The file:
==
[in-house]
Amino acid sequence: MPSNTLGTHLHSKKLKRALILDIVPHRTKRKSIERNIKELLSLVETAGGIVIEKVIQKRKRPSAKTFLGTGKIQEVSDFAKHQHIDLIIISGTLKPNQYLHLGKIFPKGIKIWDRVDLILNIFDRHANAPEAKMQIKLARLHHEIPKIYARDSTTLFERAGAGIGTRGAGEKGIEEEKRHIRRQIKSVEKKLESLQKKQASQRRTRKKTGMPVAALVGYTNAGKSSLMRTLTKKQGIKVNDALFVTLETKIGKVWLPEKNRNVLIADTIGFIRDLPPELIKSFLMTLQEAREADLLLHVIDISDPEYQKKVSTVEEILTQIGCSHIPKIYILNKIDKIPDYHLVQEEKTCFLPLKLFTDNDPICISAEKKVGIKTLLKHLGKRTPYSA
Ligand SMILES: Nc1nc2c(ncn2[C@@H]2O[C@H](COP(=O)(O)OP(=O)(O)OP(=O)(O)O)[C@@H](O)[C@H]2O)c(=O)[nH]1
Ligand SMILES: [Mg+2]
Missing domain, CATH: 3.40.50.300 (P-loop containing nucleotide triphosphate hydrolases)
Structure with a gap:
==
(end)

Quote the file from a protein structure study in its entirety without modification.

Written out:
[in-house]
Amino acid sequence: MPSNTLGTHLHSKKLKRALILDIVPHRTKRKSIERNIKELLSLVETAGGIVIEKVIQKRKRPSAKTFLGTGKIQEVSDFAKHQHIDLIIISGTLKPNQYLHLGKIFPKGIKIWDRVDLILNIFDRHANAPEAKMQIKLARLHHEIPKIYARDSTTLFERAGAGIGTRGAGEKGIEEEKRHIRRQIKSVEKKLESLQKKQASQRRTRKKTGMPVAALVGYTNAGKSSLMRTLTKKQGIKVNDALFVTLETKIGKVWLPEKNRNVLIADTIGFIRDLPPELIKSFLMTLQEAREADLLLHVIDISDPEYQKKVSTVEEILTQIGCSHIPKIYILNKIDKIPDYHLVQEEKTCFLPLKLFTDNDPICISAEKKVGIKTLLKHLGKRTPYSA
Ligand SMILES: Nc1nc2c(ncn2[C@@H]2O[C@H](COP(=O)(O)OP(=O)(O)OP(=O)(O)O)[C@@H](O)[C@H]2O)c(=O)[nH]1
Ligand SMILES: [Mg+2]
Missing domain, CATH: 3.40.50.300 (P-loop containing nucleotide triphosphate hydrolases)
Structure with a gap: